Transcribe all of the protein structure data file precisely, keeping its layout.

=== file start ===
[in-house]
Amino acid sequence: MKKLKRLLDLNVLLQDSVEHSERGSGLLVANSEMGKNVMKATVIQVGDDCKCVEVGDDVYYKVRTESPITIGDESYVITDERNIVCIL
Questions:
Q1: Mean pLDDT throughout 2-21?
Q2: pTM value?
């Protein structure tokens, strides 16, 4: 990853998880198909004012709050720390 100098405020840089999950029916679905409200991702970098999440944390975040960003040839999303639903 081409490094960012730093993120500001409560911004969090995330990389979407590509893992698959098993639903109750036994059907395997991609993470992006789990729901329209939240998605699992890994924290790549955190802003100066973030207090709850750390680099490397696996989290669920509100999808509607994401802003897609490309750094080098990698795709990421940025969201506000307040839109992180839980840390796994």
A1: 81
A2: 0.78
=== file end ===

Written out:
[in-house]
Amino acid sequence: MKKLKRLLDLNVLLQDSVEHSERGSGLLVANSEMGKNVMKATVIQVGDDCKCVEVGDDVYYKVRTESPITIGDESYVITDERNIVCIL
Questions:
Q1: Mean pLDDT throughout 2-21?
Q2: pTM value?
């Protein structure tokens, strides 16, 4: 990853998880198909004012709050720390 100098405020840089999950029916679905409200991702970098999440944390975040960003040839999303639903 081409490094960012730093993120500001409560911004969090995330990389979407590509893992698959098993639903109750036994059907395997991609993470992006789990729901329209939240998605699992890994924290790549955190802003100066973030207090709850750390680099490397696996989290669920509100999808509607994401802003897609490309750094080098990698795709990421940025969201506000307040839109992180839980840390796994």
A1: 81
A2: 0.78